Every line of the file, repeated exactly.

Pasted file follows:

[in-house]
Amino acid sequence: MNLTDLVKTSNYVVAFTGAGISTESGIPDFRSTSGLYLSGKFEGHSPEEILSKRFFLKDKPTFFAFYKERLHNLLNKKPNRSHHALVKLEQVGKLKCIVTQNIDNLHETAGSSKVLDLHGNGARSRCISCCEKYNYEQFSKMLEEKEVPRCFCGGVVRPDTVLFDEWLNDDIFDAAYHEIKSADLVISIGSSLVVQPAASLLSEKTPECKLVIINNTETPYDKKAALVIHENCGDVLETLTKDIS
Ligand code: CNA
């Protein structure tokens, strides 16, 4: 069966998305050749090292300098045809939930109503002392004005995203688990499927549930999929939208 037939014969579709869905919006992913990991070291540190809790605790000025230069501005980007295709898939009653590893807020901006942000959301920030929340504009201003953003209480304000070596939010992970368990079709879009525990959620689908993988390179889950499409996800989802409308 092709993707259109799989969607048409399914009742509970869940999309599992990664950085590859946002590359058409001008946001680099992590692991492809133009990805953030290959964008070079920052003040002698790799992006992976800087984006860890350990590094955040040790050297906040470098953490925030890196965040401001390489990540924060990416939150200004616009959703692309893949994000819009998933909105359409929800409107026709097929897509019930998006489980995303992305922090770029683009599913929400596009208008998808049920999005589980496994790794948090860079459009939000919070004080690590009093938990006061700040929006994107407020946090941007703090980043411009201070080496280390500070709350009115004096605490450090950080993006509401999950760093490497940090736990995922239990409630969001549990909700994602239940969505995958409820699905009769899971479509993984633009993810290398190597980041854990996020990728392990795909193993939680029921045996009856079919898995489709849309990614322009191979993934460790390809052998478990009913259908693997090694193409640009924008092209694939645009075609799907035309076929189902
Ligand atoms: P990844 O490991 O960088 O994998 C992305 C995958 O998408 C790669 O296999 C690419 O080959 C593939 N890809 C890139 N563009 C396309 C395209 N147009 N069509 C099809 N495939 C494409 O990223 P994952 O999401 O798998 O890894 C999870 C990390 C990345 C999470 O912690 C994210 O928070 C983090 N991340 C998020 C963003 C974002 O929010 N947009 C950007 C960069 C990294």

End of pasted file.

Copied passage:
[in-house]
Amino acid sequence: MNLTDLVKTSNYVVAFTGAGISTESGIPDFRSTSGLYLSGKFEGHSPEEILSKRFFLKDKPTFFAFYKERLHNLLNKKPNRSHHALVKLEQVGKLKCIVTQNIDNLHETAGSSKVLDLHGNGARSRCISCCEKYNYEQFSKMLEEKEVPRCFCGGVVRPDTVLFDEWLNDDIFDAAYHEIKSADLVISIGSSLVVQPAASLLSEKTPECKLVIINNTETPYDKKAALVIHENCGDVLETLTKDIS
Ligand code: CNA
């Protein structure tokens, strides 16, 4: 069966998305050749090292300098045809939930109503002392004005995203688990499927549930999929939208 037939014969579709869905919006992913990991070291540190809790605790000025230069501005980007295709898939009653590893807020901006942000959301920030929340504009201003953003209480304000070596939010992970368990079709879009525990959620689908993988390179889950499409996800989802409308 092709993707259109799989969607048409399914009742509970869940999309599992990664950085590859946002590359058409001008946001680099992590692991492809133009990805953030290959964008070079920052003040002698790799992006992976800087984006860890350990590094955040040790050297906040470098953490925030890196965040401001390489990540924060990416939150200004616009959703692309893949994000819009998933909105359409929800409107026709097929897509019930998006489980995303992305922090770029683009599913929400596009208008998808049920999005589980496994790794948090860079459009939000919070004080690590009093938990006061700040929006994107407020946090941007703090980043411009201070080496280390500070709350009115004096605490450090950080993006509401999950760093490497940090736990995922239990409630969001549990909700994602239940969505995958409820699905009769899971479509993984633009993810290398190597980041854990996020990728392990795909193993939680029921045996009856079919898995489709849309990614322009191979993934460790390809052998478990009913259908693997090694193409640009924008092209694939645009075609799907035309076929189902
Ligand atoms: P990844 O490991 O960088 O994998 C992305 C995958 O998408 C790669 O296999 C690419 O080959 C593939 N890809 C890139 N563009 C396309 C395209 N147009 N069509 C099809 N495939 C494409 O990223 P994952 O999401 O798998 O890894 C999870 C990390 C990345 C999470 O912690 C994210 O928070 C983090 N991340 C998020 C963003 C974002 O929010 N947009 C950007 C960069 C990294």